Inspectional Services Handed Out Thousands of Citations For Code Violations As Students Returned to the City
The number of tickets issued decreased when compared to previous years.
The amount of tickets for property violations issued to landlords over the move-in weekend, a time when thousands of students return to off-campus apartments around the city, was down significantly when compared to last year, and officials are giving the mayor’s office credit for the decrease in citations.
According to Lisa Timberlake, spokesperson for the city’s Inspectional Service Department, workers from several different divisions were out in full force over the holiday weekend, as swarms of college students cluttered the streets with moving vans, discarding unwanted goods and furniture along the city sidewalks, getting situated for the new school year.
While out roaming the streets, popping into apartments to make sure that landlords were complying with building standards, Timberlake said Code Enforcement officers doled out more than 2,000 citations, ranging from $25 to $2,000, to property owners. The citations were issued for violations like overloaded dumpsters, improper storage of trash and debris, and illegal dumping.
The code enforcement officers responded to 434 complaints, she said. Complaints are defined as when someone calls officers to a certain address, or flags them down.
The number of citations was down by half when compared to the same time period during the move-in weekend in 2012, she said, when officers issued 4,530 tickets. In 2011 the city wrote 5,275 tickets, and in 2010 more than 6,000 citations were given to landlords and building owners.
Timberlake said the decrease in tickets over the last three years, as students returned to Boston for the Fall semester, is likely due to the increased communication between property owners and city officials. “I think a lot of that success has to do with [Mayor Tom Menino] having us out in the neighborhoods more. We aren’t just doing tickets, we are out there educating property owners and landlords, as well as tenants,” she said. “We are giving the educational piece to the students as well.”
Besides code enforcement violations, the city’s Environmental Sanitation Division issued 50 citations to landlords for rodent infestations. The violations were mainly in Brighton, Allston, as well as Fenway, according to Timberlake.
Inspectors from the Housing Division were also on the hunt for apartment compliance issues over the holiday weekend, searching for problems with smoke detectors, faulty carbon monoxide detectors, leaking ceilings, cracked walls, and other basic housing damages. During their inspections, officials wrote 50 violations to landlords in the Allston, Brighton, Mission Hill, Fenway, South Boston, and North End neighborhoods.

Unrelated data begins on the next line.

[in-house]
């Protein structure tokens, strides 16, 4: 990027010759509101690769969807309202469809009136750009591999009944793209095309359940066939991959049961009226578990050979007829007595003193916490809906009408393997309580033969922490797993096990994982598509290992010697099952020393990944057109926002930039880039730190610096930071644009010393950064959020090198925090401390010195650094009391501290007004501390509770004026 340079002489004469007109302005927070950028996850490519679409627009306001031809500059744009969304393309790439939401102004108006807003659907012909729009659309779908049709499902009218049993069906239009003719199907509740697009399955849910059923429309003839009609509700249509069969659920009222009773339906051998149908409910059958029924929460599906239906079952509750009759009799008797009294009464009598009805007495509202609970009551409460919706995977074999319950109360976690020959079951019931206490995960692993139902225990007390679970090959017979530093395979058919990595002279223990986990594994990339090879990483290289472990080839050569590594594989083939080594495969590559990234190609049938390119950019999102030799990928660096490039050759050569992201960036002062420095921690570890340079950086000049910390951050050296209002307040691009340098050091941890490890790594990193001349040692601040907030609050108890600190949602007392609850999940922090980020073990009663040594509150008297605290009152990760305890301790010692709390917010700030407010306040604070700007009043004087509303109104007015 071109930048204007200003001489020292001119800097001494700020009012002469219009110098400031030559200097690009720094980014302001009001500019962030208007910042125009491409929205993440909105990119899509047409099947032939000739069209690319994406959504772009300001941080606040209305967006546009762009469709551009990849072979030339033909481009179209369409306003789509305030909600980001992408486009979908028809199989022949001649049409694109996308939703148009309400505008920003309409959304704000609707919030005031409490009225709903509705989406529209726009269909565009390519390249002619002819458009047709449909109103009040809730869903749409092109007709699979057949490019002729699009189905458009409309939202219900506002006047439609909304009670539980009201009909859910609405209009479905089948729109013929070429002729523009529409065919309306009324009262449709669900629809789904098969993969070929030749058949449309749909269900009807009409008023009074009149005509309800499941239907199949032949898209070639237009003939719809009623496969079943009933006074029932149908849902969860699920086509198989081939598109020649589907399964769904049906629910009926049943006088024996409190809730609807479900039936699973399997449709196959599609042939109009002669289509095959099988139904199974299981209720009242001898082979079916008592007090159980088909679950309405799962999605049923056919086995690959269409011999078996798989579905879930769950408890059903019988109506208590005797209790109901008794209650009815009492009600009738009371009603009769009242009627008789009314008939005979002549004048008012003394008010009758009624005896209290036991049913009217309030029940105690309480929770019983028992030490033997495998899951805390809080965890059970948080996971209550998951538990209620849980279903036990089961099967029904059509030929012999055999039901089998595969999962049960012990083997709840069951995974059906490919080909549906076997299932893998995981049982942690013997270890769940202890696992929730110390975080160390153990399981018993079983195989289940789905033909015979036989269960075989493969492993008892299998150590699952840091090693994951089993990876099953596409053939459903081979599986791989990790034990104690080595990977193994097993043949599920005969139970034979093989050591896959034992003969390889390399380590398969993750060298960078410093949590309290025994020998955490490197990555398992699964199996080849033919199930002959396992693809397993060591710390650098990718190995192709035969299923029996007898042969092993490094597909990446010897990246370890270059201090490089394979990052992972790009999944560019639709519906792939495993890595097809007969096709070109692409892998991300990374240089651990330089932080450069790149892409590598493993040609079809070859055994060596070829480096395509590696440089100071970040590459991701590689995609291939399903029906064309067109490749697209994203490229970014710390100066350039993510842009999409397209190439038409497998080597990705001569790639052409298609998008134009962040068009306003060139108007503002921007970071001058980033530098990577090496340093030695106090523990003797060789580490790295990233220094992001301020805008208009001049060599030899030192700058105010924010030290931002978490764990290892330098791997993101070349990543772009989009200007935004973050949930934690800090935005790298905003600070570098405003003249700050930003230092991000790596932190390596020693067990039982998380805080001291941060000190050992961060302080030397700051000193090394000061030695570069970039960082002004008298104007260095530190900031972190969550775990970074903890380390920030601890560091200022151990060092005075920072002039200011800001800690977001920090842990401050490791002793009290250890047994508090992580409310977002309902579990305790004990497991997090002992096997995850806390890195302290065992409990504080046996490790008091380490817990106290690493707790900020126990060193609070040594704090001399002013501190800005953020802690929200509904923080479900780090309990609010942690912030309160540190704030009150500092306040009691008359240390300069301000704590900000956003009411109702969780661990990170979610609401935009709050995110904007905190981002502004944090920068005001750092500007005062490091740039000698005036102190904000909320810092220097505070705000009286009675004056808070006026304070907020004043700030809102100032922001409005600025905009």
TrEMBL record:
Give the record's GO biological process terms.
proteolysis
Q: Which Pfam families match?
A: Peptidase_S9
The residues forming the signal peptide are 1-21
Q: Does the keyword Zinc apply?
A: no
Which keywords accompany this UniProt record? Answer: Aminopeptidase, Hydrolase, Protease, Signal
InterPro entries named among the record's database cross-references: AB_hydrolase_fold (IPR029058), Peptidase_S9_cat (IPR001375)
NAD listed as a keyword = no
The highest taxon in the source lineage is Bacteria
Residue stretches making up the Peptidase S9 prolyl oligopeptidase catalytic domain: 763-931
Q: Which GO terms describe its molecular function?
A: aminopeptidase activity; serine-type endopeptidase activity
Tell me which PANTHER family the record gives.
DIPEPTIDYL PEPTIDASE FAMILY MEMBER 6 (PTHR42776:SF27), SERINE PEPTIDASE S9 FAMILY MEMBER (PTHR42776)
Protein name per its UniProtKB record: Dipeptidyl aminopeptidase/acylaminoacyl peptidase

Timberlake said the Housing Division condemned three properties over the weekend, deeming the buildings “uninhabitable,” meaning “tenants were not allowed to stay there.”
Building Inspectors, a separate division of employees inspecting neighborhood properties, handed out over 20 violations, said Timberlake. Citations were issued for things like structural damages, porches that needed to be replaced, or fixed, and banisters that may have been missing from the steps of certain properties.
Despite the seemingly large amount of tickets written by the separate divisions over the Labor Day weekend, Timberlake said things have vastly improved over the years. “It is getting better. We have been doing this 21 years, and it’s a big difference from now and even ten years ago,” she said. “We do a lot of outreach so we think that has to do with it is as well. Property owners seem to get it a little more.”
The increased enforcement stemmed from Menino’s promise to hold more landlords accountable for how they keep their properties, especially those that are rented out to students returning for the school year.
Prior to the big move-in weekend, Menino addressed the community, during an appearance in Allston, and vowed to crack down this school year. “This isn’t an issue with the students. This is an issue with the…landlords,” Menino said Friday.
This year, officials also revised the Rental Inspection Ordinance to enhance current standards for the health and safety of rental housing. The revised ordinance covers more than 85 percent of the city’s rental units, and requires that landlords can be easily identified and held accountable when they fail to provide safe housing for tenants such as students. Menino’s administration is paying particular attention to past offenders, and landlords who have proved to be a problem when it comes to non-compliance. “It’s so important for us to use this opportunity to educate students and their parents about their rights as tenants and their responsibility to be good neighbors,” he said.